During his swearing-in ceremony in Gabon, General Oligui Nguema assured exiles that they could return without fear. While many are interested in returning, they are choosing not to rush the decision.
Alfred Mabika, a former minister and banker, is among the exiles considering a return. He had faced allegations of embezzling 100 billion CFA francs during his tenure as CEO of La Poste, allegations he had consistently labeled as politically motivated. Having sought political refuge in France, he heard General Oligui Nguema’s appeal.
“For every exile, the dream is to return to their homeland. Last June, my mother was feeling down. I had to travel 2,000 kilometers, deep into Congo, to see her. I was just 1 kilometer from the border. That’s what exile is like. Is it tomorrow? In a week? In two weeks? I don’t know, but in principle, I will come to Gabon. I am very happy at the thought of reuniting with my country after nearly eight years of absence,” he emphasized.
Guy Roger Nzamba, a former international football player who had competed in France, Italy, and the United Kingdom, fled Gabon in late 2016 following a police raid on his home due to his declaration of support for opposition figure Jean Ping. Nzamba deeply misses his homeland but remains cautious about returning.
“On a personal level, I miss the country immensely. I want to return. Considering the recent speeches, it does make me lean towards returning. However, for prudence’s sake, I prefer to wait a little longer. We need to see how long the transition will last. What will happen during this time? Will he relinquish power? Will he run for election? These are questions we would like answers to,” he pondered.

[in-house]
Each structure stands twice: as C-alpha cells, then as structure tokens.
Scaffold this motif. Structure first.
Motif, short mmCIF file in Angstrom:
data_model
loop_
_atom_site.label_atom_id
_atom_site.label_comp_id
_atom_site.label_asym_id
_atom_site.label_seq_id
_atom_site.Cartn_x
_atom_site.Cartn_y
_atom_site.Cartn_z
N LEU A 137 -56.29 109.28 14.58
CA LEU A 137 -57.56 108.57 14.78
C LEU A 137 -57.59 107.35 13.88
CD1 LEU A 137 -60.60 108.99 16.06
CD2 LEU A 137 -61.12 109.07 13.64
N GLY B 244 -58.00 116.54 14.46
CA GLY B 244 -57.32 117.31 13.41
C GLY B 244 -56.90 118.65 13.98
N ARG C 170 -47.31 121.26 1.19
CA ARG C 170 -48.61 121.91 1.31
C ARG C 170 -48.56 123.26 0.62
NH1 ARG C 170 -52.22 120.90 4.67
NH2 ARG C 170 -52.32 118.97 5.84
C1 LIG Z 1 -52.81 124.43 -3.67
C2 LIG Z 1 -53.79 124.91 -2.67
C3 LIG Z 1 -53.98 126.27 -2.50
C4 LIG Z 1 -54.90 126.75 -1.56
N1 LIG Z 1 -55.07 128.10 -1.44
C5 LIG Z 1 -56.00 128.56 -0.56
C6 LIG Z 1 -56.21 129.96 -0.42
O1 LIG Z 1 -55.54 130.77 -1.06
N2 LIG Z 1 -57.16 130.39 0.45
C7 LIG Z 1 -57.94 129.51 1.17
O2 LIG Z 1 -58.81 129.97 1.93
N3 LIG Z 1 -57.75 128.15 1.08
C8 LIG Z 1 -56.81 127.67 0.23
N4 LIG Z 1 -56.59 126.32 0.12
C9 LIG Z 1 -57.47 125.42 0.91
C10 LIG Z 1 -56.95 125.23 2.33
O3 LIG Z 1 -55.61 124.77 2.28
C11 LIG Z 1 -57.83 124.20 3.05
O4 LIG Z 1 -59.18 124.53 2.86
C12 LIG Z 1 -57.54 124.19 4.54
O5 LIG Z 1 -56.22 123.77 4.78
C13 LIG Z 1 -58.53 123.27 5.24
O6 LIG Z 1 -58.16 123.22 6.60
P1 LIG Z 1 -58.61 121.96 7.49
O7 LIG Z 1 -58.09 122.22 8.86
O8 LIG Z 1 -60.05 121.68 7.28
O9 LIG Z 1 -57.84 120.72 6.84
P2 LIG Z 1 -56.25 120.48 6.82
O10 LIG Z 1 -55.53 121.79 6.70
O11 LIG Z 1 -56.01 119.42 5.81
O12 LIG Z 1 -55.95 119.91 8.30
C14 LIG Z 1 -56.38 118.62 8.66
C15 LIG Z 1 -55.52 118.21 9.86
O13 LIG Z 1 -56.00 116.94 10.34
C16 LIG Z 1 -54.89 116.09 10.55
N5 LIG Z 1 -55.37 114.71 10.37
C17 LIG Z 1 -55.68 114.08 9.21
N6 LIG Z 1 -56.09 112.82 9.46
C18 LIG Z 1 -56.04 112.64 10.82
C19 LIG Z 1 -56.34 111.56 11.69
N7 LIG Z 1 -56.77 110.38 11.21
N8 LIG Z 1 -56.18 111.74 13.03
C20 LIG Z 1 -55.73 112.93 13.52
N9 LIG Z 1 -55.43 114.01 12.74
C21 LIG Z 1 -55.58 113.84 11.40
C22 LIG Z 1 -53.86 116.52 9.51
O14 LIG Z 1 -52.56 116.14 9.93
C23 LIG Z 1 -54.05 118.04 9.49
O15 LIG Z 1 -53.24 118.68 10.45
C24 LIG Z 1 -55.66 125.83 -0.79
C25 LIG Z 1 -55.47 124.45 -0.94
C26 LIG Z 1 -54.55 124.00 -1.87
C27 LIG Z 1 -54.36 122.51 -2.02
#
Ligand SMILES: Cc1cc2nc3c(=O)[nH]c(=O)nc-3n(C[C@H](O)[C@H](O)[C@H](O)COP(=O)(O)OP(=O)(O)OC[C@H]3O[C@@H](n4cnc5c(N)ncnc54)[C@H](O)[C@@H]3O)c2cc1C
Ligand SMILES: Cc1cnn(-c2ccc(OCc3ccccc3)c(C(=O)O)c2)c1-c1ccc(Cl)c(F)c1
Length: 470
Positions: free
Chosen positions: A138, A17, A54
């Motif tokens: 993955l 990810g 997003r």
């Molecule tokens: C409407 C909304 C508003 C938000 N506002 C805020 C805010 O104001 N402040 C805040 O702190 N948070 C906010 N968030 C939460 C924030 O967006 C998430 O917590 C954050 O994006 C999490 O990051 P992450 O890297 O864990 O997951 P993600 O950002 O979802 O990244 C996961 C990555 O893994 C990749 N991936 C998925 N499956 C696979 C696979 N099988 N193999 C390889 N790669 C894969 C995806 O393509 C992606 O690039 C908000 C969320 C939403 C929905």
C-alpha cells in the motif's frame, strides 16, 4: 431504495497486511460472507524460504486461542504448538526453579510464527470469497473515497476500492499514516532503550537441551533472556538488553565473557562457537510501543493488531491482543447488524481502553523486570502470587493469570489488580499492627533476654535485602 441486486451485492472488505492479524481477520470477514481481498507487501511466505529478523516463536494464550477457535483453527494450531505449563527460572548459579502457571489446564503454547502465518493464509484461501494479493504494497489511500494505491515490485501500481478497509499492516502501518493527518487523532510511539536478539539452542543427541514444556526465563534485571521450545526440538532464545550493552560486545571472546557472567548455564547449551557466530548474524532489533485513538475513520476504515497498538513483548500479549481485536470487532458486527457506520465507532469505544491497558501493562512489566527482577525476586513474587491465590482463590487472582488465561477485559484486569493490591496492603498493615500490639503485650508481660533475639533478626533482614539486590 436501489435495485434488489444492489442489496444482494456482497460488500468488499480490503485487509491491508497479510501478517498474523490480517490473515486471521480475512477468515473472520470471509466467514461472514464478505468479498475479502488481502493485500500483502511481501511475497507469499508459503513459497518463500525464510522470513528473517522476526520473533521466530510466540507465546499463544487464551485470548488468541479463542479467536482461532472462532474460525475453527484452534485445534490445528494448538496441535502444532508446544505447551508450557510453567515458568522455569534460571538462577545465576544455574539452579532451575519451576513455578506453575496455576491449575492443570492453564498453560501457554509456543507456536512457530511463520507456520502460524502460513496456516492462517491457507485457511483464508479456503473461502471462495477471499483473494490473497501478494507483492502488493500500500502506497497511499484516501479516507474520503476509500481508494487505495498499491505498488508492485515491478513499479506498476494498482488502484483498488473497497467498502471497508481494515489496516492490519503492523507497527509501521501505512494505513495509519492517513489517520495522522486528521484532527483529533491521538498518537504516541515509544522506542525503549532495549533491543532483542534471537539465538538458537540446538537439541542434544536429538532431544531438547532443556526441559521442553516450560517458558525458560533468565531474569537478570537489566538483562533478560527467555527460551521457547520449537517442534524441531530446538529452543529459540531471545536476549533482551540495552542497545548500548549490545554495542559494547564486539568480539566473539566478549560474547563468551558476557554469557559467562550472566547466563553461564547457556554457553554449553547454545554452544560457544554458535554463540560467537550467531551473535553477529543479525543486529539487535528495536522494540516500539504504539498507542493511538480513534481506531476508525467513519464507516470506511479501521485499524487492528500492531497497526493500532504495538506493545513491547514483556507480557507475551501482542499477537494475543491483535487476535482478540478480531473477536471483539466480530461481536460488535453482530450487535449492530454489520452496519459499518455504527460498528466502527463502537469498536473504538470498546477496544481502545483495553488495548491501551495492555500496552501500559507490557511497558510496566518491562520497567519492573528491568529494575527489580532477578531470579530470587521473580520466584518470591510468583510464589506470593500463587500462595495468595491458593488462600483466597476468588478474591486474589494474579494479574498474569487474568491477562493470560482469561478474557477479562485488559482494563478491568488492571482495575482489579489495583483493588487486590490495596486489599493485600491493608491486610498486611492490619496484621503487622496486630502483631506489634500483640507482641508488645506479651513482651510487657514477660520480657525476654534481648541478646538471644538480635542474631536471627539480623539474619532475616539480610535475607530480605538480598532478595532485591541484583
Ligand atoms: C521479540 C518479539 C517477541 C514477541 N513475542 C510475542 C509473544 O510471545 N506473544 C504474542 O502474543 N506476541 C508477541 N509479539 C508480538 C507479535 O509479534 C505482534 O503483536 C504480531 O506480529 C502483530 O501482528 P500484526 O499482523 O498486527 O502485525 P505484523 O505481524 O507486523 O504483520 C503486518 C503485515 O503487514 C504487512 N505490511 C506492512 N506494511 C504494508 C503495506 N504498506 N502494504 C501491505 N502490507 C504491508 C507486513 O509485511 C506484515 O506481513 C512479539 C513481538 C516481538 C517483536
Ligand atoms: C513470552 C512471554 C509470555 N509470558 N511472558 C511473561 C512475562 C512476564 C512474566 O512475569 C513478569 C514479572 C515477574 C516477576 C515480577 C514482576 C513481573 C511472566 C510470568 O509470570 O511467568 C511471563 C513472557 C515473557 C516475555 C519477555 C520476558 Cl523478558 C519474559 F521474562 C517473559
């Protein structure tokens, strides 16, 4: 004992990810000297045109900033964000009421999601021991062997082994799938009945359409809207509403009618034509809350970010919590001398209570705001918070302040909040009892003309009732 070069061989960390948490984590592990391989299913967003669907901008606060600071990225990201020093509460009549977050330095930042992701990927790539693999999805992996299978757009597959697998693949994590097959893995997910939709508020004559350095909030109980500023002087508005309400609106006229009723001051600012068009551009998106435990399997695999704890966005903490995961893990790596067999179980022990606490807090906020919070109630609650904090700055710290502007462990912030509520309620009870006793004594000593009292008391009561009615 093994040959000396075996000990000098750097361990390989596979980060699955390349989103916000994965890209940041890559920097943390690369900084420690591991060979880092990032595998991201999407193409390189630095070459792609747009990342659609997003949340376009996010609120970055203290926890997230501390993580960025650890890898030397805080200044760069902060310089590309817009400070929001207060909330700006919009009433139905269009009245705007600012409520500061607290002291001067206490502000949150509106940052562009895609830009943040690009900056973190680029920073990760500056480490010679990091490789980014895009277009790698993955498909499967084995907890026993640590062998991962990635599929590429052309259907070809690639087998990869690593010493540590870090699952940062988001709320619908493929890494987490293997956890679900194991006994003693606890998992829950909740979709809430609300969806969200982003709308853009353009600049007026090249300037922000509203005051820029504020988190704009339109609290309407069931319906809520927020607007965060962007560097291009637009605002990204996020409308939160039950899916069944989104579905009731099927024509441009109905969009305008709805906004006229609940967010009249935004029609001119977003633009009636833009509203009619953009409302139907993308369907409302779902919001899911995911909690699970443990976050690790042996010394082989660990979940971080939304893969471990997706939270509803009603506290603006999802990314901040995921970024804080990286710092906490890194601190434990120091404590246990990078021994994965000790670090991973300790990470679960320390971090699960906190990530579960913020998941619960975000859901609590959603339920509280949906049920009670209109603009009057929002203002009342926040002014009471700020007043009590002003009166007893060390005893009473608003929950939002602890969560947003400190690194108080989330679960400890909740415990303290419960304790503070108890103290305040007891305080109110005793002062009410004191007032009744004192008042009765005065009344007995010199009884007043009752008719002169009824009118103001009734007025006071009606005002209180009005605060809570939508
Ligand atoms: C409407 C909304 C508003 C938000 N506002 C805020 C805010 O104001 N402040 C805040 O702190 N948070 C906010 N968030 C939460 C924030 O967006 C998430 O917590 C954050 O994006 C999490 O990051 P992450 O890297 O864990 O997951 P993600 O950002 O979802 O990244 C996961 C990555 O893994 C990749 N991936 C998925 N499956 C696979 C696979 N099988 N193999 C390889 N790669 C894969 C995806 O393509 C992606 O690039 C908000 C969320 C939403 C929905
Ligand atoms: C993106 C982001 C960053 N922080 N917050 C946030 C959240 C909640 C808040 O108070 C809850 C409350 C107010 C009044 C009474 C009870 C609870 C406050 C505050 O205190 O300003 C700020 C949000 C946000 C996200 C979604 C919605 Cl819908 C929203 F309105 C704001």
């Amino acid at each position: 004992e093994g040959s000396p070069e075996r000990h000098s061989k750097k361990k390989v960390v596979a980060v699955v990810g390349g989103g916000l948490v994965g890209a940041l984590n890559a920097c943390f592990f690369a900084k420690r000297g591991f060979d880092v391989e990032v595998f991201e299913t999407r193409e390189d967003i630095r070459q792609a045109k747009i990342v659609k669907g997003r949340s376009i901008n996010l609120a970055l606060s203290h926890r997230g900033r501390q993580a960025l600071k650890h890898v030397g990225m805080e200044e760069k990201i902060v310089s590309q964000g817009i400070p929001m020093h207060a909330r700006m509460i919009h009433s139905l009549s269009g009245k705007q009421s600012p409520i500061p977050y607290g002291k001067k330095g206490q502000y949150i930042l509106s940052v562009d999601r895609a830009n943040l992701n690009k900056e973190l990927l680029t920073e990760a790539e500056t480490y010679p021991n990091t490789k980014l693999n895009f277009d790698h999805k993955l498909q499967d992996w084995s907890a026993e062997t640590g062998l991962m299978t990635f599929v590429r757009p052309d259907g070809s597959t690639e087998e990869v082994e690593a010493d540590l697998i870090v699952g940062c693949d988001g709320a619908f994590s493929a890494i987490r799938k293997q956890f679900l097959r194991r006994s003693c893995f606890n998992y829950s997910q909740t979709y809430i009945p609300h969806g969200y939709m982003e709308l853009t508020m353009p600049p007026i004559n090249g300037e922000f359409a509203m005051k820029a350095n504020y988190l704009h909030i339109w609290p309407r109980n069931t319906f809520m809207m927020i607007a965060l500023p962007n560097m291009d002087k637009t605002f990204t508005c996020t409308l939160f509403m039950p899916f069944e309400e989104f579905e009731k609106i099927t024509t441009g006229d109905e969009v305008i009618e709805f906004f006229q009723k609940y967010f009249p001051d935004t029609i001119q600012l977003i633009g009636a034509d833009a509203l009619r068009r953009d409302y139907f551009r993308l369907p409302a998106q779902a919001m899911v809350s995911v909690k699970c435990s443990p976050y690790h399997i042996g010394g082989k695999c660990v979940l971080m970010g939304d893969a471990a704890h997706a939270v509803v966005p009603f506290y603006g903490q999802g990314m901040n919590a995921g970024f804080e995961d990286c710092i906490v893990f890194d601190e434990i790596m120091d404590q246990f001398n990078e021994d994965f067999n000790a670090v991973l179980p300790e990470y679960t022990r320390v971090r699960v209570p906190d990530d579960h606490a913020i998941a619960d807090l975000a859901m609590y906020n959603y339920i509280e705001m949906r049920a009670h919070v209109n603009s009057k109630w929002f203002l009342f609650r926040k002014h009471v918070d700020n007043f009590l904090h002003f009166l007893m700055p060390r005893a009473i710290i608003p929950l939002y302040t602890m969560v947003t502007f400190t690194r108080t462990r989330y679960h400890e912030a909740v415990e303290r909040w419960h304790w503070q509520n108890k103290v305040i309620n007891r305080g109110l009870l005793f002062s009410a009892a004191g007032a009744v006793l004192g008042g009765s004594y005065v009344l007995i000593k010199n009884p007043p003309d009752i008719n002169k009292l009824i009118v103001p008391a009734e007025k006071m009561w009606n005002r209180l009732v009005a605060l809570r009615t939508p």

General Oligui Nguema had also pledged to grant amnesty to “prisoners of conscience.” Subsequently, several detainees were released, a development that might provide reassurance to those still contemplating their return.
In Libreville, the transition process continues to unfold. The designation of members of the transitional parliament is eagerly anticipated. The drafting of a new constitution and a national conference are also on the horizon. Meanwhile, a new government is in place, including figures from the diaspora, some of whom had been in exile, such as Laurence Ndong, the government spokesperson, and Mays Mouissi, who has assumed the role of Minister of Economy.